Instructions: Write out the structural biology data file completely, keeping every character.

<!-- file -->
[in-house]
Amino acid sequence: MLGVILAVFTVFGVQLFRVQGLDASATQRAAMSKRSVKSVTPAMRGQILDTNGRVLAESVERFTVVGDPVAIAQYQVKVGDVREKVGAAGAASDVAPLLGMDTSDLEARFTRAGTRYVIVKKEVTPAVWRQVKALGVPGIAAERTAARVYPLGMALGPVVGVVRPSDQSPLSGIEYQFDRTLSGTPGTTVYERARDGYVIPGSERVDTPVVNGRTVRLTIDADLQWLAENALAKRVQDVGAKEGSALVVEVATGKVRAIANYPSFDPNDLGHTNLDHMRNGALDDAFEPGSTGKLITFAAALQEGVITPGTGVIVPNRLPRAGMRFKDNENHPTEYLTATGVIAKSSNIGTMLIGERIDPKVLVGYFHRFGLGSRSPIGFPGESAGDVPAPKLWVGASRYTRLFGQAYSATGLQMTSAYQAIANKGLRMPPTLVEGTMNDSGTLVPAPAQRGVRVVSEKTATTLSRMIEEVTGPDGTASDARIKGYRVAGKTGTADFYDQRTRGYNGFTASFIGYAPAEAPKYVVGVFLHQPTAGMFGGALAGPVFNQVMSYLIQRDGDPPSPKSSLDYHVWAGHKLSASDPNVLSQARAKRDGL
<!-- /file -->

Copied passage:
[in-house]
Amino acid sequence: MLGVILAVFTVFGVQLFRVQGLDASATQRAAMSKRSVKSVTPAMRGQILDTNGRVLAESVERFTVVGDPVAIAQYQVKVGDVREKVGAAGAASDVAPLLGMDTSDLEARFTRAGTRYVIVKKEVTPAVWRQVKALGVPGIAAERTAARVYPLGMALGPVVGVVRPSDQSPLSGIEYQFDRTLSGTPGTTVYERARDGYVIPGSERVDTPVVNGRTVRLTIDADLQWLAENALAKRVQDVGAKEGSALVVEVATGKVRAIANYPSFDPNDLGHTNLDHMRNGALDDAFEPGSTGKLITFAAALQEGVITPGTGVIVPNRLPRAGMRFKDNENHPTEYLTATGVIAKSSNIGTMLIGERIDPKVLVGYFHRFGLGSRSPIGFPGESAGDVPAPKLWVGASRYTRLFGQAYSATGLQMTSAYQAIANKGLRMPPTLVEGTMNDSGTLVPAPAQRGVRVVSEKTATTLSRMIEEVTGPDGTASDARIKGYRVAGKTGTADFYDQRTRGYNGFTASFIGYAPAEAPKYVVGVFLHQPTAGMFGGALAGPVFNQVMSYLIQRDGDPPSPKSSLDYHVWAGHKLSASDPNVLSQARAKRDGL